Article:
by Jennifer Hackbarth

I transitioned from a long-term congregational call to interim ministry in the winter of 2022. Over the past year and a half, I’ve served three congregations as an associate interim pastor. Going from a thirteen-year call to jumping between congregations every six months has taught me how fun transition can be and the many ways it continues to challenge me.

I learned there’s no time to paint the pastor’s office before the interim starts. The walls still have holes where the previous pastor hung photos and pictures, the shelves are dusty and faded where books were displayed, and there often isn’t a computer ready for me to use.

I begin my interim positions in the chaos of transition. When I arrive on my first day in the office, people often apologize because they wish they could welcome me like they would a newly settled pastor. Others are so distracted and overwhelmed by the transition tasks that they don’t have time to integrate me into the congregation intentionally. No one tries to show their best side because they’re too busy surviving. There’s no pretense because there’s work to be done.

Managing transition

Times of transition show us our limits, yet they also open us up to newness. What worked before may not work now, and we’re forced to look at different options. The transition may soften our hard edges and rigid expectations and encourage flexible thinking. It forces us to see the previously hidden holes in our walls and dust on our bookshelves.

In his book Managing Transitions, William Bridges distinguishes between change and transition. He writes, “Change is situational. Transition, on the other hand, is psychological.” Change is what happens; transition is the adjustments we make in response to the change. Do we let go of our old world and engage with a new world, or do we end up doing the same things in a different setting?

My role as an interim pastor is to give congregations space to imagine a new future instead of recreating the past. When a new pastor is constantly compared to a previous pastor, the likelihood of a successful call is limited. The congregation needs time to reevaluate its mission and connect with a leader who will bring them into a new future—even (and especially) if it looks different than the past.

Scripture is full of stories of transition. The flood forces Noah onto the ark, and when the water recedes, he faces a different world. Joseph moves from the favored son to enslavement to leadership in Egypt. Joseph and Mary are startled by the news of her pregnancy and shift their lives to accommodate Jesus’ birth.

One of the most famous stories of transition in the Bible is that of Moses, who God calls to lead his people out of oppression into freedom. As the Red Sea closes in over the Egyptians, the finality of the change settles into the hearts of the Israelites. There is only forward movement. They leave Egypt quickly, yet it takes some 40 years in the wilderness for the Israelites to adjust to the transition and live into their identity as a free community. They grumble to God about missing Egypt and its food. They lose trust in God and worship idols. They disobey God’s commands. When they finally reach the promised land, Moses dies before entering it, and Joshua takes over leadership, signaling a new beginning. The transition is arduous, long, painful, and involves loss and grief.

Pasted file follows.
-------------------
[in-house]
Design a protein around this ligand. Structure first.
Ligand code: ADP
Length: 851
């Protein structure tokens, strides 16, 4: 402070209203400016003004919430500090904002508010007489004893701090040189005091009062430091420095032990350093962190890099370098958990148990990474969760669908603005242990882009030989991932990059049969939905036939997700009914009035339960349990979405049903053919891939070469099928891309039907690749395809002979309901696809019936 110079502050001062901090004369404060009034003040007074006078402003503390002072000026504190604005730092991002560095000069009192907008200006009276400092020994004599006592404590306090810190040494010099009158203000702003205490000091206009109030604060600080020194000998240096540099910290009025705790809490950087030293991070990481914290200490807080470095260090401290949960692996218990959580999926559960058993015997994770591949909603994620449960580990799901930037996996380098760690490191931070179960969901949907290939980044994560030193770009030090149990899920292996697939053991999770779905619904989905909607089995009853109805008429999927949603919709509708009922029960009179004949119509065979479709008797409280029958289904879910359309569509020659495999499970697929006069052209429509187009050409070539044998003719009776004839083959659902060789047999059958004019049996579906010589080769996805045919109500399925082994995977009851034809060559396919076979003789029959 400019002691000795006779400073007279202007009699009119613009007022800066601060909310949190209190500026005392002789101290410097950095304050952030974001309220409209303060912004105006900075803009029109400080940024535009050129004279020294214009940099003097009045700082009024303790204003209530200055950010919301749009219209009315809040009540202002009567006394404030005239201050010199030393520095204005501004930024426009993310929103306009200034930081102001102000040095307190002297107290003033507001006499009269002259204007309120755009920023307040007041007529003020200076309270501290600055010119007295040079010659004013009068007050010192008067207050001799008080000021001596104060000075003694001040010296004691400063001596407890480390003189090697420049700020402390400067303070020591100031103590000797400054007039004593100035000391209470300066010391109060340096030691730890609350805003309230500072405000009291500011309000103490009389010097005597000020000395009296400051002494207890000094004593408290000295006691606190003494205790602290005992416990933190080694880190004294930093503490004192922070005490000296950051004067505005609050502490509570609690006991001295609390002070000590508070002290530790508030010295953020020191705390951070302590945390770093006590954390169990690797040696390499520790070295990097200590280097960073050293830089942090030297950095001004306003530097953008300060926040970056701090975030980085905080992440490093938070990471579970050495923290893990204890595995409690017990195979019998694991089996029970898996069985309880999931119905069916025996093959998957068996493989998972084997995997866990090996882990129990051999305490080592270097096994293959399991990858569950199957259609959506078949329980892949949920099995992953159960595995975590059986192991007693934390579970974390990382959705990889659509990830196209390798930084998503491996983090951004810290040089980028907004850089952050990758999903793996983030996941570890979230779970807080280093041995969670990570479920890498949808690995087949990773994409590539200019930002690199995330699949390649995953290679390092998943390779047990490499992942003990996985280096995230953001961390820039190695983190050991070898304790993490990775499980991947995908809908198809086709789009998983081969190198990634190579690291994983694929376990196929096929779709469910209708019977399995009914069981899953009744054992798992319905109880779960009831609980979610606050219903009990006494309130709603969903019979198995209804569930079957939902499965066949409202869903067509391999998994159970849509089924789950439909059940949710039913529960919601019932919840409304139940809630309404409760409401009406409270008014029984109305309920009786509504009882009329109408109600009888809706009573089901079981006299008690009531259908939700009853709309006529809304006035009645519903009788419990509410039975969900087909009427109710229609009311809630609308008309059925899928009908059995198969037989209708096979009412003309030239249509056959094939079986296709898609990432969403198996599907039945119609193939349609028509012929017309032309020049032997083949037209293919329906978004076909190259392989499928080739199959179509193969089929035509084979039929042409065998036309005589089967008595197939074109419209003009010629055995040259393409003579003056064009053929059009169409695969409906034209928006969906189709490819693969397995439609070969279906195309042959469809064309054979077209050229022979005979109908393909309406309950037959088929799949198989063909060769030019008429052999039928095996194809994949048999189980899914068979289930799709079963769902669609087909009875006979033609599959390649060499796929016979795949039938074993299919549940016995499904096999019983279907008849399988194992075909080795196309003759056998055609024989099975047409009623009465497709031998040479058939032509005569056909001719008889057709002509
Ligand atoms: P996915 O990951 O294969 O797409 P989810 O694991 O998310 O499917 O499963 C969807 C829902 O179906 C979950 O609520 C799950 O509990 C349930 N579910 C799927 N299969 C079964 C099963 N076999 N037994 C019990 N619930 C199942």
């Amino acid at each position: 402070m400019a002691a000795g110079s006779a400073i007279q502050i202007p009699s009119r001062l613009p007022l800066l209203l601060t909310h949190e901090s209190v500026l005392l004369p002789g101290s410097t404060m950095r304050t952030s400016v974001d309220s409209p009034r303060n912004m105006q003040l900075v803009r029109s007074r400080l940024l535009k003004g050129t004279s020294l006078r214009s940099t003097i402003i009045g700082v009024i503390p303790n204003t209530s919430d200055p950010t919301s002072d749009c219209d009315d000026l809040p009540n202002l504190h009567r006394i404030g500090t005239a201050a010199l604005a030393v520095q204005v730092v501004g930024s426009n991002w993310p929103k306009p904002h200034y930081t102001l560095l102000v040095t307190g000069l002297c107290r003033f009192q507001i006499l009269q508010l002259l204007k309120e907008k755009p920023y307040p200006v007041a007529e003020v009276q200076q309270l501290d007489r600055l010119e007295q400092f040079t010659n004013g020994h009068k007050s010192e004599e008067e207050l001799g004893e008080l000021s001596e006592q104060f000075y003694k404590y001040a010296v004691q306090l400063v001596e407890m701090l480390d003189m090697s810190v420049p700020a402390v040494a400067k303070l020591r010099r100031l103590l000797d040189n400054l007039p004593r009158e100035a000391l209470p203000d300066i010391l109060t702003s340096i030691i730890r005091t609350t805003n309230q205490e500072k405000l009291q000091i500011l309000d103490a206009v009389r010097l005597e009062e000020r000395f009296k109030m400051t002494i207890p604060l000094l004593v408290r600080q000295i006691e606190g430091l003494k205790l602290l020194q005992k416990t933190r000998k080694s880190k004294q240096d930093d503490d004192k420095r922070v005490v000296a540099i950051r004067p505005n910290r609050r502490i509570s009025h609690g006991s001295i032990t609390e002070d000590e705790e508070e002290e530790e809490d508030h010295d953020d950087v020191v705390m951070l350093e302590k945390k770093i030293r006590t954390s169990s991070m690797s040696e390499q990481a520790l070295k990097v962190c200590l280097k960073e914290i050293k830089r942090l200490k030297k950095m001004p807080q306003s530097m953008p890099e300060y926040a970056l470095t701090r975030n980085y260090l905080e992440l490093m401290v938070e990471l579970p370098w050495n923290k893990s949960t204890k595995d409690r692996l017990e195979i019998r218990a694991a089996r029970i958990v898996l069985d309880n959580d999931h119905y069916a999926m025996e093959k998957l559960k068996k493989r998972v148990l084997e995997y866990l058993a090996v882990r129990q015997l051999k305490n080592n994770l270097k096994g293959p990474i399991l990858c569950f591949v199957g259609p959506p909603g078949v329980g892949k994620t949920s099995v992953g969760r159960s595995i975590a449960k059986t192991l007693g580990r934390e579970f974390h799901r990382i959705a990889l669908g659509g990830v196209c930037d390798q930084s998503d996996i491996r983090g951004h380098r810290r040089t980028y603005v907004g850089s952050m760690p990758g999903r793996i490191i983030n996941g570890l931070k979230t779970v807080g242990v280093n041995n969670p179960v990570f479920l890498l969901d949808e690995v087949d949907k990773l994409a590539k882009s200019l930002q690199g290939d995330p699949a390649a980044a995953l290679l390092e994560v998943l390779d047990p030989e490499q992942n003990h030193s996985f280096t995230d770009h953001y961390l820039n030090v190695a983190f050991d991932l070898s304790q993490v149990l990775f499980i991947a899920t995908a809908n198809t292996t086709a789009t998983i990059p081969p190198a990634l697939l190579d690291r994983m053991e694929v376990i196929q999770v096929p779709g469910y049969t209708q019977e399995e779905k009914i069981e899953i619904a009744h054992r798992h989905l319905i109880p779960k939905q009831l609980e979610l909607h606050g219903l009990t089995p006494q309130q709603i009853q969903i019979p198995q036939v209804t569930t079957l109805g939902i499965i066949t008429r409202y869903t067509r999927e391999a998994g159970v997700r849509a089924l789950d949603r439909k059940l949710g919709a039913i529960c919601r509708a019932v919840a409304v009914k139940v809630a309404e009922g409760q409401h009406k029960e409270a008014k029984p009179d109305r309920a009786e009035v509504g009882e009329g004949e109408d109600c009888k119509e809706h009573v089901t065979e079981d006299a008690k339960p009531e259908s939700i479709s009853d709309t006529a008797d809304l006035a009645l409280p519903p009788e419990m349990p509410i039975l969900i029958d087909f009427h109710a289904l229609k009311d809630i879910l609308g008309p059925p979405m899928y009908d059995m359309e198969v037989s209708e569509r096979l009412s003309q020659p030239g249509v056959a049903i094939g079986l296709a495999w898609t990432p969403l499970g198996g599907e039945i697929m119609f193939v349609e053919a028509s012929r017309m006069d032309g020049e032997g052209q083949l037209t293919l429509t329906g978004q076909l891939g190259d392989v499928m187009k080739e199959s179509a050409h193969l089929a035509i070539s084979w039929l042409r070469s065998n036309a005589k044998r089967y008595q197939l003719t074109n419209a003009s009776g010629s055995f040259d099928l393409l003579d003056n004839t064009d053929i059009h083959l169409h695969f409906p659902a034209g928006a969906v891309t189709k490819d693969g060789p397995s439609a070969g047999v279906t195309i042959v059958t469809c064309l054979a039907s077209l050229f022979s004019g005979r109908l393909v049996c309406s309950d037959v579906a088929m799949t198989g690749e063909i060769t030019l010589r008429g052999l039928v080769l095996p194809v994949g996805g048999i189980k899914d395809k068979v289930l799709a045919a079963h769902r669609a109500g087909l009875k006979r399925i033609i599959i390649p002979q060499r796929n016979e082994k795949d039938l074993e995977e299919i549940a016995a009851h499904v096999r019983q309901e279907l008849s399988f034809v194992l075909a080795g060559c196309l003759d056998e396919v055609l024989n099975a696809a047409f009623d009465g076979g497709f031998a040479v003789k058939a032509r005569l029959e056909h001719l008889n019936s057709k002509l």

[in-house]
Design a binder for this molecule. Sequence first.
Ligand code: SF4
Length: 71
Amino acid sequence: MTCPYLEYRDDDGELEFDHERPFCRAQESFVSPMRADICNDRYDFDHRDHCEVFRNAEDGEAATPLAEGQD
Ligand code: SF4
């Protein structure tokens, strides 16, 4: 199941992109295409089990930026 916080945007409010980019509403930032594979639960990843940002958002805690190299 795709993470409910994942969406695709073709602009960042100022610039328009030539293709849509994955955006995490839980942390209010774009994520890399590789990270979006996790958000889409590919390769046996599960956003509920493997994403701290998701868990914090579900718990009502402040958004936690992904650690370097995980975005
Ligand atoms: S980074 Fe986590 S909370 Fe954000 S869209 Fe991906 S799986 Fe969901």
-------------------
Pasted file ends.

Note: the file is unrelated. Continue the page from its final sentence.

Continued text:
Times of transition bring out the parts of ourselves we’d rather hide. We get anxious, rigid, weary, impatient and hopeless. We cling to old ideas. Yet transition also breaks down our barriers and exposes our vulnerabilities, which opens us up to curiosity. We start to look at the holes in the walls and wonder how they got there and how to best fix them—or if that wall needs to be torn down rather than re-painted.

It’s tough to sit in the discomfort and disorientation of in-between times. Yet these times are also filled with possibility. Transition exposes how much we thought we knew and how little we actually knew. In the unknowing, we leave space for God to act, and we pay attention to the ways God is already acting.

I’ve created a new ritual for myself when I begin a new interim position. Because my time in a congregation is temporary, I don’t bring many personal books or pictures into the office. Instead, on my first day, I fill a bucket with soapy water and a rag and bring it into the office I will use. I wash the empty shelves and inside the desk drawers. I wipe off the windowsills and the furniture. Usually, it’s been a long time since the office has been empty enough for a deep cleaning. It begins my time with a sense of opportunity and goodness, even as the congregation may be reeling from recent changes. The previous pastor’s empty office—a marker of grief for many—becomes a place of openness. I leave shelves bare so people can begin imagining what may fill them in the future. In the months to come, we sit together in the quiet space, praying for God’s guidance and watching for God’s action.

Discussion Questions:

1. How do you typically respond when you’re challenged by times transition? Have you ever been surprised by your actions in response to change?

2. When has transition opened up something unexpected or new in your life?

3. What has God shown you through times of transition?

Closing prayer:

Loving God, open our hearts to what you may teach us through times of change. Grant us your wisdom as we struggle with not knowing. Help us to see the ways you are already acting in this world. Amen.

Jennifer Hackbarth is the pastor of Christ the King Lutheran Church in White Bear Lake, Minn. She enjoys cooking, reading, travel and spending time with her husband and two kids. You may find her reflections on faith and daily life at